Is digital healthcare an asset for specialist patients?

digital healthcare

Public debate is currently swirling amidst the introduction of Australia’s national digital health portal, My Health Record. While much of the current debate centres around the risks involved, it it is hard to ignore the obvious benefits of digitising health records like improved co-ordinated care for those with chronic and complex health conditions. For many patients who have faced lengthy wait times for specialist services, this ease of access to their own medical information is proving beneficial. Is digital healthcare really the asset it seems to be?

Outpatient waiting lists - at crisis point?

Way back in 2008, the Rudd government recognised that too many people were waiting far too long for specialist services. To combat this, they introduced a $600 million waiting list reduction plan, which was designed to reduce wait times, improve infrastructure, and drastically reduce ‘long wait’ patients.

10 years later, the result of that initiative (and many like it) has been mixed. Waitlists in Victoria have reduced, but lists for services in some Australian states have soared. In Adelaide, patients reported having waited more than 5 years for simple outpatient procedures, whereas others needing eye services claimed to have waited more than 13.

The burden created by long waiting lists

Waitlists are problematic for everyone involved, for different reasons.

Specialist service admin staff are often the ones who bear the burden of long lists, and managing them isn’t easy. Admin staff say that waitlists could be shorter if only patients were properly prepared and the relevant staff always had access to referrals and complete patient records. By having better prepared patients, staff wouldn’t have to rebook ill-prepared patients or those who couldn’t be fully assessed or treated due to missing information.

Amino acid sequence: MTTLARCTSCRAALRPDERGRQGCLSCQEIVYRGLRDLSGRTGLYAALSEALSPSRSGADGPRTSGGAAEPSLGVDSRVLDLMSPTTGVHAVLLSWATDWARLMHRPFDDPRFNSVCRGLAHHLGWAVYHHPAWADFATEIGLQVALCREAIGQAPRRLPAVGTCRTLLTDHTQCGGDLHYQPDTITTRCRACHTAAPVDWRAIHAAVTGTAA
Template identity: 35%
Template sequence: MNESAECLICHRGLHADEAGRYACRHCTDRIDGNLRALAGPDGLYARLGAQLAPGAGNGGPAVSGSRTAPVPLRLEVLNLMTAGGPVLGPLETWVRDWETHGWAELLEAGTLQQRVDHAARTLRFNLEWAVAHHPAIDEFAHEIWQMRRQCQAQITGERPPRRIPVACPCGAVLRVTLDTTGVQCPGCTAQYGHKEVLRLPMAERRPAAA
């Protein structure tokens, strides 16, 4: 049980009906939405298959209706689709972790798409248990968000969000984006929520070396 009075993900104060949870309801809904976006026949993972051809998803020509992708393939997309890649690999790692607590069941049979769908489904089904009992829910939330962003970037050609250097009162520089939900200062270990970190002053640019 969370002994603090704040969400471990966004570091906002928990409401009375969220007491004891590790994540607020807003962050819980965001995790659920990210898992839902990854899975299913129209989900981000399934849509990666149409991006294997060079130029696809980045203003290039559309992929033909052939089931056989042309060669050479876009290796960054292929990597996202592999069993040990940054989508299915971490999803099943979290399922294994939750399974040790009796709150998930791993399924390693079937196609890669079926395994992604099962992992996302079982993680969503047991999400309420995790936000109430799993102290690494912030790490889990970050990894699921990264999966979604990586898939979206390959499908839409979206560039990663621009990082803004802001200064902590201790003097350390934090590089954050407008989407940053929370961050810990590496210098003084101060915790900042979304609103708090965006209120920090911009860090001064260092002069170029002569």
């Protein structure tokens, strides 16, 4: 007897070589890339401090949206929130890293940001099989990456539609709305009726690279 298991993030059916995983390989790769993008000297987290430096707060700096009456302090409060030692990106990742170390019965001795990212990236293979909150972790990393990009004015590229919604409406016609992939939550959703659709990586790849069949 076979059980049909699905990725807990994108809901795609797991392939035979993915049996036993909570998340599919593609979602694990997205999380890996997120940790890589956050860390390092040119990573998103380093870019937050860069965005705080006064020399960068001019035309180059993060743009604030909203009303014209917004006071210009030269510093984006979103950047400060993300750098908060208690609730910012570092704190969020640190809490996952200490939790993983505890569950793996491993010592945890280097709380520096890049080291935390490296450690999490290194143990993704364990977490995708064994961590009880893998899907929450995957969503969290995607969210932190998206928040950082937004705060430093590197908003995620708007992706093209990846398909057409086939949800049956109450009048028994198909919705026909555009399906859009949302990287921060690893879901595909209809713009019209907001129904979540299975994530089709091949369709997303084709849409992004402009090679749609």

The burden of long lists also extends to patients. There’s hundreds of harrowing stories of patients waiting in pain for years on end, with some forced to head overseas for risky treatments as their cases weren’t considered quite urgent enough to be treated here quickly.

Approaches to waiting list reduction

Everyone agrees that long waiting lists are bad news, but there is no consensus on exactly how to reduce them. Although a robust classification system exists to make waiting lists more efficient and effective, experts concede that it doesn’t always work, in part due to missing information and incorrect assessments.

Attempts to make the waiting list system more efficient have largely fallen short of expectations. Recently, Tasmania invested $26 million to establish a panel who will decide which cases on waitlists are more urgent and where they should go, but local Health Minister Michael Ferguson concedes that ‘it will hardly be enough’ to clear the waitlist. Other broader studies come to the same conclusion - it’s hard to manage waitlists by focussing on reduction alone.

Digital healthcare providing new hope

One area that has significant potential to reduce waitlists from an efficiency perspective is digital healthcare. Research shows that health technology has substantial strengths - it can reduce administration by up to 60%, increase patient facetime by 29%, and ensure that, for any given provider, two or more extra patients are seen every day. Digitising healthcare gives patients the opportunity to understand and organise their healthcare, leading to better preparation, less wasted time and shorter waitlists overall.

There’s recently been a flurry of new apps and online portals that are empowering patients to reach that higher level of preparedness through digital intervention. One such app is the recently released My Surgery Journey app, which helps patients prepare for surgery. Another is eRefer, which stores patient referrals and records so they are always accessible to the right people, at the right time.

Having this technology means that patients, admin staff and treating doctors alike will have easy, real-time access to the information they need to make the right decisions. While this may not eradicate waitlists all together, it does allow patients to more readily take ownership of their own health records rather than relying on others.

By establishing easier access to collated health information, administrative burden is reduced, as well as wait times as a whole. With 75% of patients saying they’d use or like to use technology to manage their health, the shift to digital is a promising step forward in waitlist reduction, and one we hope can be expanded on in the years to come.

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